With temperatures reportedly forecast to rise well into the 30s across parts of Western Australia, South Australia, New South Wales and Victoria this week, the Australian Red Cross is urging people to prepare for the heatwave.
“Extreme hot weather can cause serious health problems. More Australians have died as a result of heatwaves than floods, bushfires or cyclones,” says Red Cross Regional Area Lead, First Aid and Mental Health, Janie McCullagh.
“We’re urging people to be prepared.”
Ms McCullagh adds that it’s important that people to “keep cool, hydrated and know how to recognise the signs of heatstroke”, which include:
- A change in consciousness or being confused;
- Appearing hot, red and flustered;
- In extreme cases, vomiting.
“Heatstroke can be life threatening,” says Ms McCullagh.
“Knowing how to respond can be critical. The confidence to know what to do in a first aid emergency can make the difference between a positive outcome and a tragedy.”
Tips for coping with the heat
To cope with the heat, the Australian Red Cross recommends the following precautions:
- Drink regularly even if you don’t feel thirsty. Water is the best option. Avoid alcohol, tea, coffee and sugary or fizzy drinks as they make dehydration worse.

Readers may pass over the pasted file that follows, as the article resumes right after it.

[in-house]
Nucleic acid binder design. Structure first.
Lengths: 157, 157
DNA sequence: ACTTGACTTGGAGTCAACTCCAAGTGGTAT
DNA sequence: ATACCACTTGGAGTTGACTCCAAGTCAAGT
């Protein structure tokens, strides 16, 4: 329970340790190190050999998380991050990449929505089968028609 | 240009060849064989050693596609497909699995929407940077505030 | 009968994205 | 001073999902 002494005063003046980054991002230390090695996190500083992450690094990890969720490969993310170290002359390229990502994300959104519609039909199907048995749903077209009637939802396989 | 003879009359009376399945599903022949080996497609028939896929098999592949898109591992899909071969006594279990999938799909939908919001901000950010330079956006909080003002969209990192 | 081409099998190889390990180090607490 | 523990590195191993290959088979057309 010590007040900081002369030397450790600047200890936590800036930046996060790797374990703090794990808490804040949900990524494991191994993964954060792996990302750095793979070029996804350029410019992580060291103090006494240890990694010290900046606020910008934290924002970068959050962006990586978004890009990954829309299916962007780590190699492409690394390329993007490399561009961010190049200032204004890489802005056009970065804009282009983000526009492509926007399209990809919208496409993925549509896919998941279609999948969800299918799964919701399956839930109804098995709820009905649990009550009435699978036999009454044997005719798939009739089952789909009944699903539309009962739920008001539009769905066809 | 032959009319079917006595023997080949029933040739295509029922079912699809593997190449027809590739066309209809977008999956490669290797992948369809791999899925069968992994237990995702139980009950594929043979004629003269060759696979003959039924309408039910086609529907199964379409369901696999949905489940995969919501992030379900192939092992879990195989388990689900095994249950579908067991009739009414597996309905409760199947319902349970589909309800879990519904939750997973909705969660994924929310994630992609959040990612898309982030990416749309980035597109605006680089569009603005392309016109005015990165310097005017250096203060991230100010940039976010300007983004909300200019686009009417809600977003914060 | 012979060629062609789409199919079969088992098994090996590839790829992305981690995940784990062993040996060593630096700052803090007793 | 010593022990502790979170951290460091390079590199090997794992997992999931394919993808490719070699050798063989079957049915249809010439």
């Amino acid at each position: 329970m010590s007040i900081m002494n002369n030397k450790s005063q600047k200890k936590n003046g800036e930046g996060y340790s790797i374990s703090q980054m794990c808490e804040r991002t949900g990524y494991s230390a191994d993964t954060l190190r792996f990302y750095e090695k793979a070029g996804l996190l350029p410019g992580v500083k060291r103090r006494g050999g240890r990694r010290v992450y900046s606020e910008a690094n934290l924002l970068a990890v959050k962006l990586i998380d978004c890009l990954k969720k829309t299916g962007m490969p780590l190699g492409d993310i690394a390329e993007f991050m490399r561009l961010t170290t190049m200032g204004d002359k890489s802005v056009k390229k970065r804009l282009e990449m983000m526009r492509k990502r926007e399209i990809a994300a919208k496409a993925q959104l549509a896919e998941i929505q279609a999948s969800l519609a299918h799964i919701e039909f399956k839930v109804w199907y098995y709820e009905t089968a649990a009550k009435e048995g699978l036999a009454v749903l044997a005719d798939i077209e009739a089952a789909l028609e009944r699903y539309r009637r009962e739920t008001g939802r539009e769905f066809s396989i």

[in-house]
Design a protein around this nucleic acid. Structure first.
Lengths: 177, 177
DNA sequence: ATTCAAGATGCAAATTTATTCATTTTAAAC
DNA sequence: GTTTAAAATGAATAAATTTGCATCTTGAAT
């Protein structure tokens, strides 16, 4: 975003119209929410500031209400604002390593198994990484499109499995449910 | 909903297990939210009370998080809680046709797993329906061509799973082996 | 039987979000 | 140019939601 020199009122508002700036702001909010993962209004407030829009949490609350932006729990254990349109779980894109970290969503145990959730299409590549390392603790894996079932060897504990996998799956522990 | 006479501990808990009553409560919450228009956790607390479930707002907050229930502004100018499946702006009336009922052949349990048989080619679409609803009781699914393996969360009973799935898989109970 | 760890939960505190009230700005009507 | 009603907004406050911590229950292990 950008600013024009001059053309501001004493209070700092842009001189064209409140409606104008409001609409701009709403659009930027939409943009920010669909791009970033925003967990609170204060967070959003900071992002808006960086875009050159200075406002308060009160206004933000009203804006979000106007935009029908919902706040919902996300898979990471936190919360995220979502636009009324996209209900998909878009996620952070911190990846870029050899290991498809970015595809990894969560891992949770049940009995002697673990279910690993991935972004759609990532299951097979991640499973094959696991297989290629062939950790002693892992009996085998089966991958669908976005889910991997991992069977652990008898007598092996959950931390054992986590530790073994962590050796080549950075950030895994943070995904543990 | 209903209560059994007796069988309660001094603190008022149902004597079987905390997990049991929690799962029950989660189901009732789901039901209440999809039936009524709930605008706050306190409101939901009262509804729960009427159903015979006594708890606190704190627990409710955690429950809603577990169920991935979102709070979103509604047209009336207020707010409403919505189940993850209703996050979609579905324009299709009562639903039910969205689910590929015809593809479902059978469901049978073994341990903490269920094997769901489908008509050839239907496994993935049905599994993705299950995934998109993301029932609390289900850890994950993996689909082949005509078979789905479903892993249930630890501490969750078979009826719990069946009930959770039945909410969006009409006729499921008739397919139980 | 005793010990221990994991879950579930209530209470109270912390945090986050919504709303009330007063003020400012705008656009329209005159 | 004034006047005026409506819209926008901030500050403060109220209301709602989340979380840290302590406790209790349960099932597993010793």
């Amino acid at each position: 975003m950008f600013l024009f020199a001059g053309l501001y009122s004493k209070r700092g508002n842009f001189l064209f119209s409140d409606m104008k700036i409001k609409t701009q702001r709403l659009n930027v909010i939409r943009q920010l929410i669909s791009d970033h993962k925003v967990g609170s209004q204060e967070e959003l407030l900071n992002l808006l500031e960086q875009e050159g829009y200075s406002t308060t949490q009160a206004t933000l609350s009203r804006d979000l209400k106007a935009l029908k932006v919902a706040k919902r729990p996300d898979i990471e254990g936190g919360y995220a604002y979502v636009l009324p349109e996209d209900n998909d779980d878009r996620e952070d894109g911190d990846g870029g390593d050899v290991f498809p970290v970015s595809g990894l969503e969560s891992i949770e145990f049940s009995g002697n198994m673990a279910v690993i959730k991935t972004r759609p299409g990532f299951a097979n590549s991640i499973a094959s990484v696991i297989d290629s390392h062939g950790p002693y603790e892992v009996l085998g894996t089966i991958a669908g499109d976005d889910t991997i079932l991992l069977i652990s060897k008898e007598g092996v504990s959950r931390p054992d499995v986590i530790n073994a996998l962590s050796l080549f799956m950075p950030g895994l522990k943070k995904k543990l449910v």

- Eat little and often rather than large meals. Try to eat more cold food, particularly salads and fruit, which contain water.
- Stay indoors (especially in the coolest rooms of your house) or in the shade during the hottest part of the day.
- Take cool showers and splash yourself with cold water throughout the day, particularly your face and the back of your neck. A loose, cotton, damp cloth or scarf on the back of the neck can help you stay cool.
- Make sure there is sufficient air flow either from an air conditioner or a secured open window or door.
- When outside wear a hat and light-coloured, loose-fitting clothing. Wear sunglasses and apply sunscreen with a sun protection factor of 30 or above.
The Australian Red Cross also underscores the importance of looking out for your neighbours during a heatwave.
They suggest that if you know someone who might be susceptible to heat stress, stop by and make sure they know what to do to stay cool.
For more information on keeping cool during warmer weather, Australian Red Cross’ free First Aid app can be used to guide people through the signs, symptoms and responses for heatstroke and many other first aid emergencies.
Further information can also be found be at: redcross.org.au/get-help/emergencies/looking-after-yourself/how-to-prepare-for-a-heatwave.